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Unique insight into protein-DNA interactions from single molecule atomic force microscopy

Rudolf Virchow Center for Experimental Biomedicine, Josef Schneider Str. 2, 97080 Würzburg, Germany

Topical Section: Single-molecule Biophysics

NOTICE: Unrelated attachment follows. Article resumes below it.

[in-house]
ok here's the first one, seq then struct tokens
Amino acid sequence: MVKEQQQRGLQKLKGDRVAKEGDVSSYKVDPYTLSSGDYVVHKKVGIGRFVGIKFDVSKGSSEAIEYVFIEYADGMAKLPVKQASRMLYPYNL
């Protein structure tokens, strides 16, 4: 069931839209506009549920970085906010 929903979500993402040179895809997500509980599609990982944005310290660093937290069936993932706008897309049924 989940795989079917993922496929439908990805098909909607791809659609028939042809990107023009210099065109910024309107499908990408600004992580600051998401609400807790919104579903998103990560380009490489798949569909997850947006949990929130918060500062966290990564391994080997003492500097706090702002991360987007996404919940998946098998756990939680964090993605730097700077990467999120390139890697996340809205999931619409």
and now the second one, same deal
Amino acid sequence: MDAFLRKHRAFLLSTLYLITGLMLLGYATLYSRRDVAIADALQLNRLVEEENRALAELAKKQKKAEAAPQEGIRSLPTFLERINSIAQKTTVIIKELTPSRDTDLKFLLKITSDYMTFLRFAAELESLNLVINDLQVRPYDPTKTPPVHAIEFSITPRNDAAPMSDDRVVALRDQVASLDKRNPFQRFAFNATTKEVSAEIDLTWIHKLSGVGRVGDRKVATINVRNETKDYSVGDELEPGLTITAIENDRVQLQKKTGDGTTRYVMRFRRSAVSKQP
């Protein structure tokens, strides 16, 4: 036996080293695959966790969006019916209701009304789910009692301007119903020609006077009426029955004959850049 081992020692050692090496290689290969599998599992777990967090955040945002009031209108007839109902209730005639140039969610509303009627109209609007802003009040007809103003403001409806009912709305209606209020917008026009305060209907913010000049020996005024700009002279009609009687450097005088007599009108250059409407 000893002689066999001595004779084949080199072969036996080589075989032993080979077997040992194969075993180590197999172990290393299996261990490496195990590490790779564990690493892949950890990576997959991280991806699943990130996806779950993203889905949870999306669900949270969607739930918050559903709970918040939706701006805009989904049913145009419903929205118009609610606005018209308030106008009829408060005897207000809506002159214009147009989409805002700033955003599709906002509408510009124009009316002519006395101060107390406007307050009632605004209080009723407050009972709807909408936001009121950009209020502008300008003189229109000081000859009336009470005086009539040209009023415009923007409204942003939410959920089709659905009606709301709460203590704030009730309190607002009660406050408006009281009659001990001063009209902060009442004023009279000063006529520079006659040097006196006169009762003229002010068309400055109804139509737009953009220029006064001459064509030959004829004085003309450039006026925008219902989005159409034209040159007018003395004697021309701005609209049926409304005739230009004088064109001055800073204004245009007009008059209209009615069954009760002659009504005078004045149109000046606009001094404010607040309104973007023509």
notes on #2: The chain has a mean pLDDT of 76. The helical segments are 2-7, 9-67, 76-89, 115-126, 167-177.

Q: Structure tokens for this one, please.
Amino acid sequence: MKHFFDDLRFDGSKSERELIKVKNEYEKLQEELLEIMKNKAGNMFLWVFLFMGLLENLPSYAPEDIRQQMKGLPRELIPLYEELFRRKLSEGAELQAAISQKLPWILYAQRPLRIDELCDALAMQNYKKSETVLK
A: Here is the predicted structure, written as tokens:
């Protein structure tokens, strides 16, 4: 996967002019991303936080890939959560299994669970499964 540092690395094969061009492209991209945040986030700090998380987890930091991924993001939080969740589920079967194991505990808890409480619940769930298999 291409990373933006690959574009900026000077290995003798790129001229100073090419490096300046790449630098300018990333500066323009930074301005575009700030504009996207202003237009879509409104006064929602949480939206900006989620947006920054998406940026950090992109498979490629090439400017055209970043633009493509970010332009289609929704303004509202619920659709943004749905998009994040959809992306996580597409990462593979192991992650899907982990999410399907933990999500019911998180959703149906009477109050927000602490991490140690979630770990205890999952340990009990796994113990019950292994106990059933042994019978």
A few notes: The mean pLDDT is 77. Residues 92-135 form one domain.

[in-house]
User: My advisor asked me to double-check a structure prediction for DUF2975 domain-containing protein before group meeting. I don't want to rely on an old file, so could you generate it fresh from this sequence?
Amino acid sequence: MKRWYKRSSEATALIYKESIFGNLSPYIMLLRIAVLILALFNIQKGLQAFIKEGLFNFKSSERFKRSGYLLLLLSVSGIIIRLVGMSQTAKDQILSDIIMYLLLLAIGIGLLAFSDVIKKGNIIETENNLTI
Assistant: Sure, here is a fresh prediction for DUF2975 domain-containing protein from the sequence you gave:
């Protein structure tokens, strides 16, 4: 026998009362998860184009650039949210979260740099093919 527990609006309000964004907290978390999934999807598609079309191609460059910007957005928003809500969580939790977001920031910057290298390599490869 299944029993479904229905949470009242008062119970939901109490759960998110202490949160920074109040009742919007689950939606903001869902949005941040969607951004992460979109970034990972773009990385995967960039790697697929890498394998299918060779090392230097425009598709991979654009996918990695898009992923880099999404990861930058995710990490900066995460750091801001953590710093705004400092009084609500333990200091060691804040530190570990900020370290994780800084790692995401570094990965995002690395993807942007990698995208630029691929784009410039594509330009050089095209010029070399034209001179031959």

Protein-DNA interactions are pivotal for many essential biological processes. Atomic force microscopy (AFM) imaging of protein-DNA systems involved in DNA target site search, identification, and processing by proteins has contributed invaluable information to our understanding of the underlying mechanisms. The single molecule 3D resolution of AFM enables us to uncover stoichiometries and conformational properties of protein-DNA complexes. Its molecular resolution places AFM at the interface between the atomic resolution achievable by crystallography and the comparably poor (typically > hundred nanometers) spatial resolution of optical microscopy. Furthermore, the transient character of protein interactions with nonspecific DNA sites, for example during their target site search renders these complexes difficult to resolve by standard ensemble methods. Here, we review current applications and capabilities of as well as novel advances in AFM imaging in protein-DNA interaction studies.
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